Features The aircraft is an extensively modified C-135. The Rivet Joint's modifications are primarily related to its on-board sensor suite, which allows the mission crew to detect, identify and geolocate signals throughout the electromagnetic spectrum. The mission crew can then forward gathered information in a variety of formats to a wide range of consumers via Rivet Joint's extensive communications suite.
The interior seats more than 30 people, including the cockpit crew, electronic warfare officers, intelligence operators and in-flight maintenance technicians.
The Rivet Joint fleet was re-engined with CFM-56 engines with an upgraded flight deck instrumentation and navigational systems to FAA/ICAO standards. These standards include conversion from analog readouts to a digital "glass cockpit" configuration.
All Rivet Joint airframe and mission systems modifications are overseen by L-3 Communications (previously Raytheon), under the oversight of Air Force Materiel Command.
Background The current RC-135 fleet is the latest iteration of modifications to this pool of -135 aircraft going back to 1962. Initially employed by Strategic Air Command to satisfy nationally tasked intelligence collection requirements, the RC-135 fleet has also participated in every sizable armed conflict involving U.S. assets during its tenure.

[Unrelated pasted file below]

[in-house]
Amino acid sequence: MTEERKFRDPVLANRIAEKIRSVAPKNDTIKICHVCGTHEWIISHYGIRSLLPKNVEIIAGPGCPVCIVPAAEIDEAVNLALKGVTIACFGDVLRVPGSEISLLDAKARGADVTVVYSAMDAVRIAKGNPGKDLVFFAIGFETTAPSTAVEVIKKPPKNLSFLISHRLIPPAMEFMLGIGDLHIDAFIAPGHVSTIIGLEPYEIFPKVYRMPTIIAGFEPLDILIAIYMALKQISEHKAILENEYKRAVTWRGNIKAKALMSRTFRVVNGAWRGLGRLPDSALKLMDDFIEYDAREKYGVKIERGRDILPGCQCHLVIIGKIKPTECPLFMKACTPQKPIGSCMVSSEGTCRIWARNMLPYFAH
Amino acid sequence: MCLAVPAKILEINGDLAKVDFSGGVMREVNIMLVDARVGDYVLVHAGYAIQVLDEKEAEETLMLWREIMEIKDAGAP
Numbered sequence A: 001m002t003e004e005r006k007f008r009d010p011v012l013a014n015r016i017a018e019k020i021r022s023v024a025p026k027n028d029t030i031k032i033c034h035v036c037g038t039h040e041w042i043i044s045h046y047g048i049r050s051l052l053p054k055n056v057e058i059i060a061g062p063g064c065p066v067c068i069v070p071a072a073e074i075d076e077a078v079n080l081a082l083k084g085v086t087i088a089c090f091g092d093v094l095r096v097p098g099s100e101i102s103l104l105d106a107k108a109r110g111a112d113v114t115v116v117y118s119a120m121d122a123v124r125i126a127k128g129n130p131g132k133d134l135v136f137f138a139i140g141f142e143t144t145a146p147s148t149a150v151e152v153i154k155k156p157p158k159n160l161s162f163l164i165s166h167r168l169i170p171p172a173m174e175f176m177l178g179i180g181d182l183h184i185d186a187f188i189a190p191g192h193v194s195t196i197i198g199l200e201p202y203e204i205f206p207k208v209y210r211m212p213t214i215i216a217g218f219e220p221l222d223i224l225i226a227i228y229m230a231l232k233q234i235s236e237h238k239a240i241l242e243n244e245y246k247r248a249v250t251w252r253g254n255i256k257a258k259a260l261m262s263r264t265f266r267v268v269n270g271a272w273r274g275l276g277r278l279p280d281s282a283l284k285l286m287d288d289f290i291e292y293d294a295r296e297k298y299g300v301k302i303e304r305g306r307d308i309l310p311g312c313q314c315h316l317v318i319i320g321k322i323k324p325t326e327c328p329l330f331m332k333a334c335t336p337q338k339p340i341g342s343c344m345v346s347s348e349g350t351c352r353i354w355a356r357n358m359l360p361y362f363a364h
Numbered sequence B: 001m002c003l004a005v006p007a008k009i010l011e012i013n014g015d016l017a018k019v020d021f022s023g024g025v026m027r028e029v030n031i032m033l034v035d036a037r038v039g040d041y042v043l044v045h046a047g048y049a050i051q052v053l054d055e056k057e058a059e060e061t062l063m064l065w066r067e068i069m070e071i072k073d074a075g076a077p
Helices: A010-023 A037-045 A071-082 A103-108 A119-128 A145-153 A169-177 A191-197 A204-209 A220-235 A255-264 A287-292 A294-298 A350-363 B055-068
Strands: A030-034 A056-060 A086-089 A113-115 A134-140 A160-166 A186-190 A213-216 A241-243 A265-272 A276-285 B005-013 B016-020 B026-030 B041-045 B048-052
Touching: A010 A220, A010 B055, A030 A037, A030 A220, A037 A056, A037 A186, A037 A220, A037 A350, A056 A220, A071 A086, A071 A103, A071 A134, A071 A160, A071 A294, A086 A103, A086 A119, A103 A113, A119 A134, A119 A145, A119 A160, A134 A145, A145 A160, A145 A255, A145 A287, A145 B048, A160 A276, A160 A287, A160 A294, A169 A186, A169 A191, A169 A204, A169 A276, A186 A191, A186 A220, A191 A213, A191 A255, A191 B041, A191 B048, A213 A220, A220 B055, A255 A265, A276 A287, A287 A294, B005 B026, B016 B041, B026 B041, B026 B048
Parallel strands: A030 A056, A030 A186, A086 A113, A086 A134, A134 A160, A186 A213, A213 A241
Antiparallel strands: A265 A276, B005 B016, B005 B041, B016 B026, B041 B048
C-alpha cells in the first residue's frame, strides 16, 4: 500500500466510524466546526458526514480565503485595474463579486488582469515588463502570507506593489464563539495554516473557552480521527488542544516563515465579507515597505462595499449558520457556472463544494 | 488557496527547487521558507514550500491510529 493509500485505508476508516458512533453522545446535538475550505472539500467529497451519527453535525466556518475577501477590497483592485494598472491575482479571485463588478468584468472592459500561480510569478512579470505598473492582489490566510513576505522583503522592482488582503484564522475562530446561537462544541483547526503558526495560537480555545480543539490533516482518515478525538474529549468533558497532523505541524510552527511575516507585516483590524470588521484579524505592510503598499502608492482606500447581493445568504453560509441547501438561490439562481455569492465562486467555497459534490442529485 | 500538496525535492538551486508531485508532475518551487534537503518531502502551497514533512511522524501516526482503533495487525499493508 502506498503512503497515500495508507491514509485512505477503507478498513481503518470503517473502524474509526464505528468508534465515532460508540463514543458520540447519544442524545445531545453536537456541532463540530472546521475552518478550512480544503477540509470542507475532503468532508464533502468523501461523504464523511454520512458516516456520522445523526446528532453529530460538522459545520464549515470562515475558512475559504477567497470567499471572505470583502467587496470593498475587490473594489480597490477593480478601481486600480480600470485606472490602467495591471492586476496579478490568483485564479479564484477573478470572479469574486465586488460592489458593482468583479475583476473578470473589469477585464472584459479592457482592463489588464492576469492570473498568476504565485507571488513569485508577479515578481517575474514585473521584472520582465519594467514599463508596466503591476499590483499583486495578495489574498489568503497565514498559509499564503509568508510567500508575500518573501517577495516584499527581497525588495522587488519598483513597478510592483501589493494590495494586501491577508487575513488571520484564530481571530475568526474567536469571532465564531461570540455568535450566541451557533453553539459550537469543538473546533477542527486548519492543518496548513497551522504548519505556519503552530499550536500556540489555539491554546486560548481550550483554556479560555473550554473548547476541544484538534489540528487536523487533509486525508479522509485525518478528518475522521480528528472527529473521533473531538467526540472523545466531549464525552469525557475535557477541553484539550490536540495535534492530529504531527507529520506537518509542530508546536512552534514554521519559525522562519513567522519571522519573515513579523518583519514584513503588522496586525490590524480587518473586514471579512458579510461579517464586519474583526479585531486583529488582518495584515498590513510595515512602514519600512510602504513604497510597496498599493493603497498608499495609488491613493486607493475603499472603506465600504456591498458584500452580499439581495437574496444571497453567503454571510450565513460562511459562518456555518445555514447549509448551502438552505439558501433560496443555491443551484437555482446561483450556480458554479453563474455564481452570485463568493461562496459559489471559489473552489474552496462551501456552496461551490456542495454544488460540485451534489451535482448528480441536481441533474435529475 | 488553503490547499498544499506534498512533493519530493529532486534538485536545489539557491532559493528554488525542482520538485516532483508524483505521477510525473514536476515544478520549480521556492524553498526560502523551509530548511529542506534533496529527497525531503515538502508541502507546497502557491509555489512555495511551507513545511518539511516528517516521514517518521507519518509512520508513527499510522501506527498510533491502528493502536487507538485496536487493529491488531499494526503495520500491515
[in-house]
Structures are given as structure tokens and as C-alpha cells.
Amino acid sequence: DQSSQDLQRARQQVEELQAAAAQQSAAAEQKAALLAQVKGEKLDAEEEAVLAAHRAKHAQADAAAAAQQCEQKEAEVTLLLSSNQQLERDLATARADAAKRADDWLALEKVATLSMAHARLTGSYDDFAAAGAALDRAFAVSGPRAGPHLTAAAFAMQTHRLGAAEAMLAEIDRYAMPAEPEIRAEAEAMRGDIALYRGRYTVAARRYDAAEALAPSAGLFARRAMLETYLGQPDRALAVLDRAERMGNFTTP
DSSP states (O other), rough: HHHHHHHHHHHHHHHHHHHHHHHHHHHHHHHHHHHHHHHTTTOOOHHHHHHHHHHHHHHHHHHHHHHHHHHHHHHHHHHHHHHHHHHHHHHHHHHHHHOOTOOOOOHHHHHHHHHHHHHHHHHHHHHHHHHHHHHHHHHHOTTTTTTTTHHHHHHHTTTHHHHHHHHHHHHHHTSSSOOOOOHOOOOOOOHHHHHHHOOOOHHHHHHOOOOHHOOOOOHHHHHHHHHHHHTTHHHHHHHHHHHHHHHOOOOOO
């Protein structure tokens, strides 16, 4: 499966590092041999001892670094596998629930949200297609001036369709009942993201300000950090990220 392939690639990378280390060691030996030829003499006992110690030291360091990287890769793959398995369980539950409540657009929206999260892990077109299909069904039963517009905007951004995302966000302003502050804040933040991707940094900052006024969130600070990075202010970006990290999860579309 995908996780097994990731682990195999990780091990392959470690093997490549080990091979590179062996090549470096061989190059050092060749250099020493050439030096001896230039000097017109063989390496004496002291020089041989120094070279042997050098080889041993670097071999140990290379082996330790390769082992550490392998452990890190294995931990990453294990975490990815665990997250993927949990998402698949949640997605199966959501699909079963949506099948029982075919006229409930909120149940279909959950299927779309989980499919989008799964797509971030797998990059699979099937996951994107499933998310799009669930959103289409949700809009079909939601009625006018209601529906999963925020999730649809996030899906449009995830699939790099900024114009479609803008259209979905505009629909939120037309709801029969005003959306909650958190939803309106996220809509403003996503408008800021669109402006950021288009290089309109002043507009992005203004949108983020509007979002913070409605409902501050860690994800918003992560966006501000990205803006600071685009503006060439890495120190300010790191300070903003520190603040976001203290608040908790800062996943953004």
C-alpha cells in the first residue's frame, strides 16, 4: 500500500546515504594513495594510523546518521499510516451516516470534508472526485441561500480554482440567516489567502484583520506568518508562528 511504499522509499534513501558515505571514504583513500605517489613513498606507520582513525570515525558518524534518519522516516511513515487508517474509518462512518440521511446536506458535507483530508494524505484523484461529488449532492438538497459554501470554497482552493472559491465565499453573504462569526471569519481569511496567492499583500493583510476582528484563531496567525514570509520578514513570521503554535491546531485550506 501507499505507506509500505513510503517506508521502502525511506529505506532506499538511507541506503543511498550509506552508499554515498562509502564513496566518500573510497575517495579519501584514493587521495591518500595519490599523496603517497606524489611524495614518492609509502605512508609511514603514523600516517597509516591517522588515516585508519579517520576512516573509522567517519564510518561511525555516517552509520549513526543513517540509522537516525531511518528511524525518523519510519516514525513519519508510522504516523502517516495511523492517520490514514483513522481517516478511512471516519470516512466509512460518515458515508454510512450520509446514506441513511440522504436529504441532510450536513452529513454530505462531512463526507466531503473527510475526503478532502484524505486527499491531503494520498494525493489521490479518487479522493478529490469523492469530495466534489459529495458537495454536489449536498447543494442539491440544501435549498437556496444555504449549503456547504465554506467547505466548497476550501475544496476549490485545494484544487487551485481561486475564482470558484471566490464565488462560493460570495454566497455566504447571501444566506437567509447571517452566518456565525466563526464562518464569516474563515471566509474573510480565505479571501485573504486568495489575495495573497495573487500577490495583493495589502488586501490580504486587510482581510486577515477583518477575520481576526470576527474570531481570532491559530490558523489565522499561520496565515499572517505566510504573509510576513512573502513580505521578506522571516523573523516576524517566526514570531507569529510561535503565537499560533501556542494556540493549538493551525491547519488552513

RC-135s were present supporting operations in Vietnam, the Mediterranean for Operation El Dorado Canyon, Grenada for Operation Urgent Fury, Panama for Operation Just Cause, and Southwest Asia for operations Desert Shield, Desert Storm, Enduring Freedom and Iraqi Freedom. RC-135s have maintained a constant presence in Southwest Asia since the early 1990s.
All RC-135s are assigned to Air Combat Command. The RC-135 is permanently based at Offutt Air Force Base, Neb., and operated by the 55th Wing, using various forward deployment locations worldwide. More recently, RC-135s have also supported Operation Allied Force in Kosovo, and Operation Odyssey Dawn/Unified Protector in Libya